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Case Reports in Neurological Medicine
Volume 2017, Article ID 3790741, 4 pages
Case Report

Steroid-Responsive Encephalopathy Associated with Autoimmune Thyroiditis Presenting with Fever and Confusion

1Department of Pharmacology, Faculty of Medicine, University of Colombo, No. 25, Kinsey Road, Colombo, Sri Lanka
2National Hospital of Sri Lanka, E. W. Perera Mawatha, Colombo 07, Sri Lanka

Correspondence should be addressed to Chiranthi Kongala Liyanage; moc.liamg@eganayilihtnarihc

Received 21 August 2017; Accepted 23 October 2017; Published 6 November 2017

Academic Editor: Peter Berlit

Copyright © 2017 Chiranthi Kongala Liyanage et al. This is an open access article distributed under the Creative Commons Attribution License, which permits unrestricted use, distribution, and reproduction in any medium, provided the original work is properly cited.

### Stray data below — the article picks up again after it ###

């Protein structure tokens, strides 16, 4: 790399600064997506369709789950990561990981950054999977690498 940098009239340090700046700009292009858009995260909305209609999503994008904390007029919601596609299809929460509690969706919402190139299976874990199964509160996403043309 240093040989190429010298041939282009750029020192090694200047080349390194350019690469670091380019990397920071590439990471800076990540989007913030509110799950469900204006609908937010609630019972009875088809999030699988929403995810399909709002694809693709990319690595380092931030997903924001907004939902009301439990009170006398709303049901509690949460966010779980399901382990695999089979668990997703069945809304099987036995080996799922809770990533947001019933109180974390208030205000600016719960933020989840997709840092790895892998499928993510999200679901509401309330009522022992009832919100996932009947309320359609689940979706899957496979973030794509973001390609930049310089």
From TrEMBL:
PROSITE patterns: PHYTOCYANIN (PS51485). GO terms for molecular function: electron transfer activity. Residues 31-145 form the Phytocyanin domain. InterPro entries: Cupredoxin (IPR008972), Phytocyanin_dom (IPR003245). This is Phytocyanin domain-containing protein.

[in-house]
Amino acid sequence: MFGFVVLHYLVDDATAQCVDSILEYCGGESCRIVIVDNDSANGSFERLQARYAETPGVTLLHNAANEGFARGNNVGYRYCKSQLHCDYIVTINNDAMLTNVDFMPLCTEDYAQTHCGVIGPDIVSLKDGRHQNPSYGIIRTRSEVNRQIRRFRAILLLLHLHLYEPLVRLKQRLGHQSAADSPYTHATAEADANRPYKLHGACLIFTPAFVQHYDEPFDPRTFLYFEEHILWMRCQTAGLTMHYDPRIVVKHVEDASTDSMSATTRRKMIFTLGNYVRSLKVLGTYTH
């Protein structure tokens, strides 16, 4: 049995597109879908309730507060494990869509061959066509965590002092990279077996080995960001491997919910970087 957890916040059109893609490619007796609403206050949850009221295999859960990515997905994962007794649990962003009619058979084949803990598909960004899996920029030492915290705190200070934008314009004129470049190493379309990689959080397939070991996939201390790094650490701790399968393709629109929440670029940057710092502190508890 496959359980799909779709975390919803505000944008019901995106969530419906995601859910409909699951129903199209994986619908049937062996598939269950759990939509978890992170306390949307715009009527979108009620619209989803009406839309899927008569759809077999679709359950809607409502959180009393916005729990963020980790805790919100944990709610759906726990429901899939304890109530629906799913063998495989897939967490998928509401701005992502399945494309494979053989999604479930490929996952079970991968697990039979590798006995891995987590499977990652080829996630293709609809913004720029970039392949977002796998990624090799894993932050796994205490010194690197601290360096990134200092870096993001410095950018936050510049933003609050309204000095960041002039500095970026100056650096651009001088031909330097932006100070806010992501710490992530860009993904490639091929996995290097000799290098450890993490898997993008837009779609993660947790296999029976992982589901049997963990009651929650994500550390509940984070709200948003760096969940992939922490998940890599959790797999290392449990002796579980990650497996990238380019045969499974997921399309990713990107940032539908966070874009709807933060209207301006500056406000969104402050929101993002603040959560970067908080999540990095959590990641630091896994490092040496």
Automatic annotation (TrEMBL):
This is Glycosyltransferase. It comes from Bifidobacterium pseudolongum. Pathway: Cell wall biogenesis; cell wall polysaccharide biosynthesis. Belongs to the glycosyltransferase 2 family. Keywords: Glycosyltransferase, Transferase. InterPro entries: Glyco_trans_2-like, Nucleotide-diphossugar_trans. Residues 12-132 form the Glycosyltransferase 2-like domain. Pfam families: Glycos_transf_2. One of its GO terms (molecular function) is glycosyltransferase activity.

Steroid-Responsive Encephalopathy Associated with Autoimmune Thyroiditis (SREAT) is a diagnostic conundrum as it may present with a myriad of nonspecific clinical features and laboratory and neuroimaging investigations are not diagnostic. We report a case of a 65-year-old female who presented with an acute febrile illness associated with headache and confusion, tangential thoughts, and loose association. Based on neutrophil leukocytosis in the full blood count and elevated inflammatory markers, she was commenced on empirical intravenous antibiotics suspecting meningoencephalitis. Further evaluation found a very high titer of both anti-thyroid peroxidase (anti-TPO) antibodies and anti-thyroid globulin antibodies. She was clinically and biochemically euthyroid. EEG showed right sided frontal intermittent rhythmic delta activity (FIRDA). Cranial MRI revealed age related cerebral atrophy and nonspecific periventricular white matter changes. A diagnosis of SREAT was made and she was treated with intravenous methylprednisolone followed by oral prednisolone. Her condition improved dramatically within 48 hours of starting steroids. SREAT is a diagnosis of exclusion in patients with a central nervous system disorder. There are no specific clinical features or investigative findings. Elevated anti-TPO antibodies are considered a hallmark of SREAT and steroid responsiveness supports the diagnosis. Prompt diagnosis and treatment reverses the neurological dysfunction in most cases.